An anti-rivalrous conversation, on the other hand, requires time, space and good faith. It is a slower and more organic in development; however it can also simplify your life and be highly efficient. When people take the time to unfold their feelings and ideas, their souls appear, rather than their masks and personas—and the soul always knows what to do. The soul, meaning the greater aspect of the person, has no room for hubris and goes strait to the point.
Another thing to point out: anti-rivalry doesn’t mean that we have to throw away competition or even some free market mechanisms. Healthy competition can still remain as long as the anti-rivalrous spirit is the overarching principal. The difference is that an anti-rivalrous system rewards good faith rather than rent seeking, virtue rather than greed. Anti rivalry is the bridge to a world of plenty rather than poverty, in the material, but also the deeper spiritual world.
This strategy is anti identity politics or cutthroat competition as well. It supports neither social justice kangaroo courts nor a libertarian dystopia based on Ayn Rand novels. Anti-rivalry creates value rather than waste — it is both altruistic and self serving. Perhaps it can only happen in a mixed economy that values intelligence and complexity over ideology.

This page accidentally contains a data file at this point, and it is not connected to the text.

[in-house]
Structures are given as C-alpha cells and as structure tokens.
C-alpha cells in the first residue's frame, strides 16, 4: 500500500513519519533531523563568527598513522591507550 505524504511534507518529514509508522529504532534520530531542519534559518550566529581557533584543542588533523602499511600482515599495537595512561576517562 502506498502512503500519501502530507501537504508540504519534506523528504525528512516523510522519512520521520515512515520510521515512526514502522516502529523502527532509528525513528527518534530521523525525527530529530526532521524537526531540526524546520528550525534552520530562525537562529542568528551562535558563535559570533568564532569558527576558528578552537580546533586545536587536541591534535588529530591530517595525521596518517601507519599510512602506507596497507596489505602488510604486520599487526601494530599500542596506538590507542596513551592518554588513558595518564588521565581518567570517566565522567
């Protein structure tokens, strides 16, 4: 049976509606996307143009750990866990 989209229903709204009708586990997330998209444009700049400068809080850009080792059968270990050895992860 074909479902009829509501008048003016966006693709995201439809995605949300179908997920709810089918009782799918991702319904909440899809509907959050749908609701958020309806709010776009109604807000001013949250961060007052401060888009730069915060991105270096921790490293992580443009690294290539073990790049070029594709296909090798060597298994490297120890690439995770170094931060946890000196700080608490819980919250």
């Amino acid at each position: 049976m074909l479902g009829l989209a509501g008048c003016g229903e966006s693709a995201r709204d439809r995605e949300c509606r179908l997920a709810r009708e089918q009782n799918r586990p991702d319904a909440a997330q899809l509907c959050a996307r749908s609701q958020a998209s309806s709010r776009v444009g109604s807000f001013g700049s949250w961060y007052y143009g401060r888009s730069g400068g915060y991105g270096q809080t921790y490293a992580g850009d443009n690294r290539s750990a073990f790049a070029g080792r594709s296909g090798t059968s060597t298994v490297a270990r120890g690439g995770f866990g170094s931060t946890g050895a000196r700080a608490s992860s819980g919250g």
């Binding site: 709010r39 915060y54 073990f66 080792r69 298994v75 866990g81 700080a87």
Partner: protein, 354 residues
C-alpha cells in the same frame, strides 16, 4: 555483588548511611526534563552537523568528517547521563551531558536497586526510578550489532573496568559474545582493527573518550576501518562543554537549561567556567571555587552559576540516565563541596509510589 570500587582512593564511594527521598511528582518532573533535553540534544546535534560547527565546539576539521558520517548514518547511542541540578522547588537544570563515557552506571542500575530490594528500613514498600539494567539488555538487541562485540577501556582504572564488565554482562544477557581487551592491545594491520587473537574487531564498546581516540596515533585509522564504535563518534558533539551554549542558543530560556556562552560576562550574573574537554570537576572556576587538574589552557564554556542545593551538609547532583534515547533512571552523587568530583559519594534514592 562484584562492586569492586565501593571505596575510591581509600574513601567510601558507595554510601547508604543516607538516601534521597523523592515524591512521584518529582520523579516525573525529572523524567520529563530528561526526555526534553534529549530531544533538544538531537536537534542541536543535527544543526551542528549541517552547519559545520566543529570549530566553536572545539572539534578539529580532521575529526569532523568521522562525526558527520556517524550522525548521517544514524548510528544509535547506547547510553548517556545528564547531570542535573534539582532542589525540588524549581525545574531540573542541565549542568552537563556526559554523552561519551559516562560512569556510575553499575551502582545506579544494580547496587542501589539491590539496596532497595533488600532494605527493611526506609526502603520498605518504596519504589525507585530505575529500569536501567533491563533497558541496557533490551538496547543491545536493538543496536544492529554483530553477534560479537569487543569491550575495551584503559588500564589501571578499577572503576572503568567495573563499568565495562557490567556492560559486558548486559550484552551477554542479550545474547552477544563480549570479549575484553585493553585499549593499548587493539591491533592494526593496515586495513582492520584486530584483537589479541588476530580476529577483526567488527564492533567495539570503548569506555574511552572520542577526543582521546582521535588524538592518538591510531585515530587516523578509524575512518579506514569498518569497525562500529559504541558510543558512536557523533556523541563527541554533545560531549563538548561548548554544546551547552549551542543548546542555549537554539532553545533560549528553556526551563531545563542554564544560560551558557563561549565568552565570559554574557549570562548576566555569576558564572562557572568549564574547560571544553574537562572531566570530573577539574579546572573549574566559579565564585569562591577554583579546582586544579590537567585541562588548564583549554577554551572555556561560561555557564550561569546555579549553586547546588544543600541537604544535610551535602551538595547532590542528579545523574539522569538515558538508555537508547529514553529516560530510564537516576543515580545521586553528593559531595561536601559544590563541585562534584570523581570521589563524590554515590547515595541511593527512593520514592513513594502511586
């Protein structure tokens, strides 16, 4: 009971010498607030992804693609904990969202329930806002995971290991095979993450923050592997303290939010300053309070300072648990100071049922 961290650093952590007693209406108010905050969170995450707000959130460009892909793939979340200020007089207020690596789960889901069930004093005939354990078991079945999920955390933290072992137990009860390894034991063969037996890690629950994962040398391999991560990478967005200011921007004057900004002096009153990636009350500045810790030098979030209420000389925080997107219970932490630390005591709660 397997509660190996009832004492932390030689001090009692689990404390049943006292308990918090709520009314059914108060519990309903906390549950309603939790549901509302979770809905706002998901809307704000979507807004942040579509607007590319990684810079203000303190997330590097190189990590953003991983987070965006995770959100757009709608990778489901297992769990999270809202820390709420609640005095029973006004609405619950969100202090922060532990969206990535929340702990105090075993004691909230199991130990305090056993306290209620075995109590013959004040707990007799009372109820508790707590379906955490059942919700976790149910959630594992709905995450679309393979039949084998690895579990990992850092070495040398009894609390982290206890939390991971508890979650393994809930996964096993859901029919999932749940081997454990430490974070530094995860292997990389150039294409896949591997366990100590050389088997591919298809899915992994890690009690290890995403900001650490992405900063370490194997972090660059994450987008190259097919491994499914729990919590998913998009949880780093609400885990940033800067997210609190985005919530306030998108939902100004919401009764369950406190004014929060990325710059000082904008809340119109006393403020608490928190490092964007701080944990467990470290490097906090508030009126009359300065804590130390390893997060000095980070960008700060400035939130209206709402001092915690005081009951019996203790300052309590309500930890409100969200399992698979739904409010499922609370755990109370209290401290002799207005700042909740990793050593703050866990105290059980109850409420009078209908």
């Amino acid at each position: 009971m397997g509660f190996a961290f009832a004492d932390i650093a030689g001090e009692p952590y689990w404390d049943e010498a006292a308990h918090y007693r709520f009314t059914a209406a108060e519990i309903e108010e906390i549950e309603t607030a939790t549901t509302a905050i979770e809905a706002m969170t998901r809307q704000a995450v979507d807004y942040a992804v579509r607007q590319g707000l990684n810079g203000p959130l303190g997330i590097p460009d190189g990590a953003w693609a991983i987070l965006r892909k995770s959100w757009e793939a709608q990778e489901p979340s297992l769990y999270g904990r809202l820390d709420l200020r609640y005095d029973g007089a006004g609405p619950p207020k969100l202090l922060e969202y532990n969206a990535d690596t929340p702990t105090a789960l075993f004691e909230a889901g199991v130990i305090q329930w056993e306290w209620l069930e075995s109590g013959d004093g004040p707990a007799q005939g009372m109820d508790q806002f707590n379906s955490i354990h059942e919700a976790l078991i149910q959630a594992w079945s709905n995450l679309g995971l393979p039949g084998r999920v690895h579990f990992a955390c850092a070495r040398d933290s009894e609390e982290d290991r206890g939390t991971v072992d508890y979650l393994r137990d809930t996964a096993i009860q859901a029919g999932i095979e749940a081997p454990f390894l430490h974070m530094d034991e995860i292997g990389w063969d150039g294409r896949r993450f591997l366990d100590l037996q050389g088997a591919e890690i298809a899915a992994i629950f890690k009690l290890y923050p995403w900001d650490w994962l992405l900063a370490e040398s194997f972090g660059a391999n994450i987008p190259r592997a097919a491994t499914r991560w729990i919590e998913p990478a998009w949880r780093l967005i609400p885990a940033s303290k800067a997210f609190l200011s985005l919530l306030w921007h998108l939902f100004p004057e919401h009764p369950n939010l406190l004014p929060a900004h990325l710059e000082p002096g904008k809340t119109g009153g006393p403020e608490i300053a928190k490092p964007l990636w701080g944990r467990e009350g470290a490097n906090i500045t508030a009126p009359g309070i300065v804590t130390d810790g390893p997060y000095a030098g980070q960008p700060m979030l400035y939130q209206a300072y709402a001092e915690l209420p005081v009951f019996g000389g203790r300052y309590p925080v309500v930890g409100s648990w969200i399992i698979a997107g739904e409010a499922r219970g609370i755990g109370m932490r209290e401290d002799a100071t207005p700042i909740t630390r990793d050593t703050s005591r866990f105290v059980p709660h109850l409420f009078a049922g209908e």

The extraction economy (stealing a term from Jordan Greenhall again), with its rivalry dynamics, is not only unstable, but eats itself in the end — unless anti-rivalrous structures are instituted. The sharing economy is an example. However, the foundation for anti-rivalry are with what is most intimate and near. To clean your own room first, in Petersonian lingo, is to create an anti-rivalrous relationship with your world. There is no harm and only good generated from an ordered and creative space.
To conclude: if we are too rivalrous with our intimate partner, we will end up destroying the relationship. So, too, with our relationship with the larger world. On the other hand, if we listen, appreciate, and lift each other up, especially when we are in conflict, there is no end to the learning and depth that can occur. The key point is that anti-rivalrous systems are not only sustainable and inexhaustible but they generate a richer and more complex environment. In a world of toxic communication and disappearing resources, anti rivalrous conversations and economics may be our only chance to save ourselves.
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Thanks Stephen Lewis for the edits